You may dream of finding a valuable antique in the attic, but James Buchanan loves it — especially when that antique is a rare musical instrument.

"It's the best feeling on Earth," says Buchanan, who runs Amati Auctions and values instruments, from violins to cellos.

"It's visceral, in the same way as falling in love with somebody. A whole load of synapses fly and you just know it's beautiful."

Buchanan is in Vancouver as he travels down the West Coast, offering free valuations to anyone who thinks one of their old instruments may be worth more than meets the eye.

He insists his zeal for rare finds isn't about the money.

"It doesn't happen very often, and it isn't the money. Often these people who turn up with them know exactly what it is, and they're not interested in selling it. But it's very lovely when something turns up and it's just glorious."

'Most labels are fake'

In Vancouver, Buchanan says he has already found a cello made by a "fairly rare French maker." He valued it at $420,000.

But, he says, it's not always like this. Often, he must find a way to break bad news when mislabelled instruments give their owners the wrong impression.

"Most labels are fake, nearly all labels are fake. Ignore them on principle," said Buchanan. "They're all over the place and they cause me serious issues. I feel like an oncologist, I'm always breaking bad news.

"For the obvious fakes, you're trying to work out a way of breaking the news gently, so you do try and find out how they got it. If they paid a lot of money for it, you have to dial it back a bit."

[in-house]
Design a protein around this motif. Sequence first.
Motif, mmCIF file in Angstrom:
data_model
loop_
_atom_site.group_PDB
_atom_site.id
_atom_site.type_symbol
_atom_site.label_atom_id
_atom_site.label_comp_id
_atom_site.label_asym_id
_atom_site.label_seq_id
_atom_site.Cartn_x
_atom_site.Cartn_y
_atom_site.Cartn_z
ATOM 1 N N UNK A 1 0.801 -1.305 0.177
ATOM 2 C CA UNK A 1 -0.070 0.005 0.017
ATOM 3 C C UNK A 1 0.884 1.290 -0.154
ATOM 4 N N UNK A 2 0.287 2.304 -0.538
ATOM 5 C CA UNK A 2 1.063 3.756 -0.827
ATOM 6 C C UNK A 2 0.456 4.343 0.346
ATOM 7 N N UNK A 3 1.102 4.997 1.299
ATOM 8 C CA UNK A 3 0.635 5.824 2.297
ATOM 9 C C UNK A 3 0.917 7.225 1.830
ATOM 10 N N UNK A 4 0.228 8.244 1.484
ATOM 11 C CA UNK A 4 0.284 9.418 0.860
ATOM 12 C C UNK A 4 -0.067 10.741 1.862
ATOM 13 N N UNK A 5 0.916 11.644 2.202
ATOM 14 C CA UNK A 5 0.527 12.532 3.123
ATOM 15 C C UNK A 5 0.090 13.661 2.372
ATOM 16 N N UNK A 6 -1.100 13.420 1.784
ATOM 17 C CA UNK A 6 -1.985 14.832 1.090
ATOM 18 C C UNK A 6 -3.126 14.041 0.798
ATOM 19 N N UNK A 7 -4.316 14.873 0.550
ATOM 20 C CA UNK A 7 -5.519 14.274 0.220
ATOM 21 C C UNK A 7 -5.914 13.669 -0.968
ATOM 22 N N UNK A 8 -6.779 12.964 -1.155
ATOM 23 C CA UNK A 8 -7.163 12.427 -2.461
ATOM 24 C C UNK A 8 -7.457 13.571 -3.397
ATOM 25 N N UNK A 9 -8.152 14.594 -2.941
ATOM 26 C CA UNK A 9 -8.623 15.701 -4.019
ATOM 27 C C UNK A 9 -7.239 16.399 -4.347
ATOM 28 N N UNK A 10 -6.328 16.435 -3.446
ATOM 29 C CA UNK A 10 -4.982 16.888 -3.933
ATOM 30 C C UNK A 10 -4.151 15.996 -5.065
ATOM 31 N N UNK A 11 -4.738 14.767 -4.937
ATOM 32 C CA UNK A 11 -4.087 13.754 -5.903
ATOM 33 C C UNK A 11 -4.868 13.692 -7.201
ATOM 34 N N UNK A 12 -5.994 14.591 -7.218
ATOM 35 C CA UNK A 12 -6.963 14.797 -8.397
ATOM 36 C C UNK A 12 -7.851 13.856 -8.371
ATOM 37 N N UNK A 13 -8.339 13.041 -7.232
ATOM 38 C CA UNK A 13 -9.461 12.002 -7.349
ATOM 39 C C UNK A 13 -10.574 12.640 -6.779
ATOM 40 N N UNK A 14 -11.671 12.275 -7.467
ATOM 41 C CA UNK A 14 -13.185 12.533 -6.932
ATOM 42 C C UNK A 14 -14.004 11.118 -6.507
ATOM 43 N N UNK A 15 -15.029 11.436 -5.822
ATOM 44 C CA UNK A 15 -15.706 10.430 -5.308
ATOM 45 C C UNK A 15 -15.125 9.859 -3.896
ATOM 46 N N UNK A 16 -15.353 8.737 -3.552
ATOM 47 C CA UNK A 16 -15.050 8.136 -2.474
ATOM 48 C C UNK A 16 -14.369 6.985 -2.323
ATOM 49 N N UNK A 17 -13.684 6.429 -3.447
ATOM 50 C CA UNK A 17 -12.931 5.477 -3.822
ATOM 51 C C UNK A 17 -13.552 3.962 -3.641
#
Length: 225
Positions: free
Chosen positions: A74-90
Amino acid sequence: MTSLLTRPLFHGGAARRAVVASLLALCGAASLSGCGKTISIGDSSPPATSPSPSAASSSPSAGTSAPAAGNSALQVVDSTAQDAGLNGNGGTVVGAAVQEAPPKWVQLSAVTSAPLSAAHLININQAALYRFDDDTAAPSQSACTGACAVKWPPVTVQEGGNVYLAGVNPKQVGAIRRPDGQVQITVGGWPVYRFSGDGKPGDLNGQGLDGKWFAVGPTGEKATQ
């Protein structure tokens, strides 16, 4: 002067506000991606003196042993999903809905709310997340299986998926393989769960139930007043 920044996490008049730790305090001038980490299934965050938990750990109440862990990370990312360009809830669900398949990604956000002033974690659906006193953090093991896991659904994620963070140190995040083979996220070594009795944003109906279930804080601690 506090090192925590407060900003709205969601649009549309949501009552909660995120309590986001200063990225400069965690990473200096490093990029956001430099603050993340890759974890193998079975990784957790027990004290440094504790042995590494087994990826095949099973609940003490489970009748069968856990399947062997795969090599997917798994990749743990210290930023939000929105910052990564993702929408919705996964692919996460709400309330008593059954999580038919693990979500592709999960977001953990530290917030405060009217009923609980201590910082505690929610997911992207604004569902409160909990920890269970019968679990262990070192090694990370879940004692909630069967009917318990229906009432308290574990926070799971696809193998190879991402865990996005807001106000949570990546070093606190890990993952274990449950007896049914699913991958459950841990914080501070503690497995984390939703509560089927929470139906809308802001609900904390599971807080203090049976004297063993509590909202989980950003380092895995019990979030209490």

Buchanan was introduced to musical instruments by his great uncle, who made violins and his father, who made and plays them. He doesn't play or make instruments, but he did share some of his own tricks.

  • The case
    "You can tell a lot by the case. If the client comes in with a good Jaeger violin case, it's often a sign. The instruments themselves, you tend not to look at the label until you really have to. So form an impression... It's the workmanship — and then you wait to see if it corresponds with the label."
  • The size
    "You very rarely see Italian violins that are over 14 inches in the back ...You should always measure the back length. French instruments are often slightly large."
  • The varnish
    "The varnish is always a good giveaway, so you'll see me walking over to a window or a bright light just to see. The quality of the varnish gives a lot away."

Over the years, Buchanan says, he has come across cases of rare instruments devalued by the bad treatment they have received.

"It's quite heartbreaking, because you think these things need a bit more love than sometimes they get. But they've managed for centuries, and they'll carry on for another few."

In the end, he says, perfection is not everything.

"There are a few instruments in the world that are perfect, almost as if they've come straight from the workbench. We've got enough of those. We've got examples of perfect. I think the others should be played."